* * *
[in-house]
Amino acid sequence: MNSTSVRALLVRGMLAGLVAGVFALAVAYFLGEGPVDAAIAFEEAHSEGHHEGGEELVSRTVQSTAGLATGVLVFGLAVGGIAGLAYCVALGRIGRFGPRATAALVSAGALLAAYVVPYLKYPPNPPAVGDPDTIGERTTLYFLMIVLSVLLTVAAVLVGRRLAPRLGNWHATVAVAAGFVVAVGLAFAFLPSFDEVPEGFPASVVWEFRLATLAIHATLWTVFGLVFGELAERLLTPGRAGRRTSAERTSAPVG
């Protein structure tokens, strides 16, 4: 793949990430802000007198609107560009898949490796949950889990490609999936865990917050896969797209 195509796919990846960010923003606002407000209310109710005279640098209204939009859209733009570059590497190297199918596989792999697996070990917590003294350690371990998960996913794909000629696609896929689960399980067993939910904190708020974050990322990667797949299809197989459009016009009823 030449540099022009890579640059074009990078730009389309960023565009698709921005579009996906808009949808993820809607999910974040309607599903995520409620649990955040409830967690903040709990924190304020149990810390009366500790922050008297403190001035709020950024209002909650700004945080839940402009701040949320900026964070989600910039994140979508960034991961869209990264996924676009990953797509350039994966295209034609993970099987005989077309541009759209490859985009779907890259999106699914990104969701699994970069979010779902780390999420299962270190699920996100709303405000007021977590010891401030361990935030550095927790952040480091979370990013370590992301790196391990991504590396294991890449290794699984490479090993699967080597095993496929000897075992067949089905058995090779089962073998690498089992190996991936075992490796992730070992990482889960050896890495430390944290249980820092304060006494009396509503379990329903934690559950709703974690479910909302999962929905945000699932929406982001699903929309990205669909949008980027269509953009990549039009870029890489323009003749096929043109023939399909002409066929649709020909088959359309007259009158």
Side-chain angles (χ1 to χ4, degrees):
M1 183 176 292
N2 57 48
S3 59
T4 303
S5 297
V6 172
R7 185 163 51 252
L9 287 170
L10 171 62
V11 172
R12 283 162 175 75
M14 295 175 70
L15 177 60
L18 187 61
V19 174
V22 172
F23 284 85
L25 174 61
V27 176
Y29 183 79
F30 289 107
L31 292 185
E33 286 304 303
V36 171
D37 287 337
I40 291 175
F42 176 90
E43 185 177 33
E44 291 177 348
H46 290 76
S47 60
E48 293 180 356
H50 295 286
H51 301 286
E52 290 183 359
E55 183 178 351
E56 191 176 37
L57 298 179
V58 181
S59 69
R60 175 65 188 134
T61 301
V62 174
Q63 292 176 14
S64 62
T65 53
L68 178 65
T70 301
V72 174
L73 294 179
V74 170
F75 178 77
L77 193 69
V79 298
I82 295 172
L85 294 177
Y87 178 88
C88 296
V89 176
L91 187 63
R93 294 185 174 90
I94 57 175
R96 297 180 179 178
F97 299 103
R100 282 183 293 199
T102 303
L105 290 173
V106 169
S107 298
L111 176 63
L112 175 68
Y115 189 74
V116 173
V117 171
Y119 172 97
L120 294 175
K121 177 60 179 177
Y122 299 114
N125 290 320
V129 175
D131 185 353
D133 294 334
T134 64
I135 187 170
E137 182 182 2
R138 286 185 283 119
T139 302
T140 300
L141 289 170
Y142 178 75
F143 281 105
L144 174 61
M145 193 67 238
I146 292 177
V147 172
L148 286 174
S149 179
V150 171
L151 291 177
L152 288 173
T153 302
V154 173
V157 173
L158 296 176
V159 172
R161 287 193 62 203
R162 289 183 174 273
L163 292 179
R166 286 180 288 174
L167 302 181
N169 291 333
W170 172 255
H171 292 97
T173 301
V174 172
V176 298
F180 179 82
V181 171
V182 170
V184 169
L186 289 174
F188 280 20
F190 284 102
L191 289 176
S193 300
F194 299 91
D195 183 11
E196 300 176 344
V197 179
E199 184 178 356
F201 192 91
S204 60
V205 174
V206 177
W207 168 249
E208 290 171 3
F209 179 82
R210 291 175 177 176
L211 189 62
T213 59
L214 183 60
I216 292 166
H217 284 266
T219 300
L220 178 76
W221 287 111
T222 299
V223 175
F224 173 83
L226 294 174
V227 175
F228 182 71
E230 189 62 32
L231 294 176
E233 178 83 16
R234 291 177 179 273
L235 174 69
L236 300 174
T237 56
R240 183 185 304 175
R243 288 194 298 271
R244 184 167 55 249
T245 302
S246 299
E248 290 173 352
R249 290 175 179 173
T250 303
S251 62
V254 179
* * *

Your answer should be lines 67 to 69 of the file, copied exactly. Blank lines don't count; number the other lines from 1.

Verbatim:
R96 297 180 179 178
F97 299 103
R100 282 183 293 199